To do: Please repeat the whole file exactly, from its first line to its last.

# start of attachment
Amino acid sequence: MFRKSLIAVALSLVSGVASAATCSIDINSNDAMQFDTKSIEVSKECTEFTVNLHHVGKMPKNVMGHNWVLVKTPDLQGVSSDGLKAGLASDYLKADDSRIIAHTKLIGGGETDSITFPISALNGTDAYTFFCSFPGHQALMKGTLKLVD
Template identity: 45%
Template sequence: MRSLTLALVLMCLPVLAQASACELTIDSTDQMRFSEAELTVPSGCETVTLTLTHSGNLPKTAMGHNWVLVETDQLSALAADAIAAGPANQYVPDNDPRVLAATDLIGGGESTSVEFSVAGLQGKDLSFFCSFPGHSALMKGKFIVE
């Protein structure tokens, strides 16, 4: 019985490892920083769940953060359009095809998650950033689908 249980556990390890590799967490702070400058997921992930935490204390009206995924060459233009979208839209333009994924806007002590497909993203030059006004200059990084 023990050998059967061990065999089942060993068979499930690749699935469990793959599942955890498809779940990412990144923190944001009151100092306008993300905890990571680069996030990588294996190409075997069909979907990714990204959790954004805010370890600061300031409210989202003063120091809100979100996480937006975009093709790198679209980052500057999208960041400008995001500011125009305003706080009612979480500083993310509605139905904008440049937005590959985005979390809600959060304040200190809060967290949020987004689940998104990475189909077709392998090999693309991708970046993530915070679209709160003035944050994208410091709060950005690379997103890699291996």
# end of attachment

Amino acid sequence: MFRKSLIAVALSLVSGVASAATCSIDINSNDAMQFDTKSIEVSKECTEFTVNLHHVGKMPKNVMGHNWVLVKTPDLQGVSSDGLKAGLASDYLKADDSRIIAHTKLIGGGETDSITFPISALNGTDAYTFFCSFPGHQALMKGTLKLVD
Template identity: 45%
Template sequence: MRSLTLALVLMCLPVLAQASACELTIDSTDQMRFSEAELTVPSGCETVTLTLTHSGNLPKTAMGHNWVLVETDQLSALAADAIAAGPANQYVPDNDPRVLAATDLIGGGESTSVEFSVAGLQGKDLSFFCSFPGHSALMKGKFIVE
């Protein structure tokens, strides 16, 4: 019985490892920083769940953060359009095809998650950033689908 249980556990390890590799967490702070400058997921992930935490204390009206995924060459233009979208839209333009994924806007002590497909993203030059006004200059990084 023990050998059967061990065999089942060993068979499930690749699935469990793959599942955890498809779940990412990144923190944001009151100092306008993300905890990571680069996030990588294996190409075997069909979907990714990204959790954004805010370890600061300031409210989202003063120091809100979100996480937006975009093709790198679209980052500057999208960041400008995001500011125009305003706080009612979480500083993310509605139905904008440049937005590959985005979390809600959060304040200190809060967290949020987004689940998104990475189909077709392998090999693309991708970046993530915070679209709160003035944050994208410091709060950005690379997103890699291996």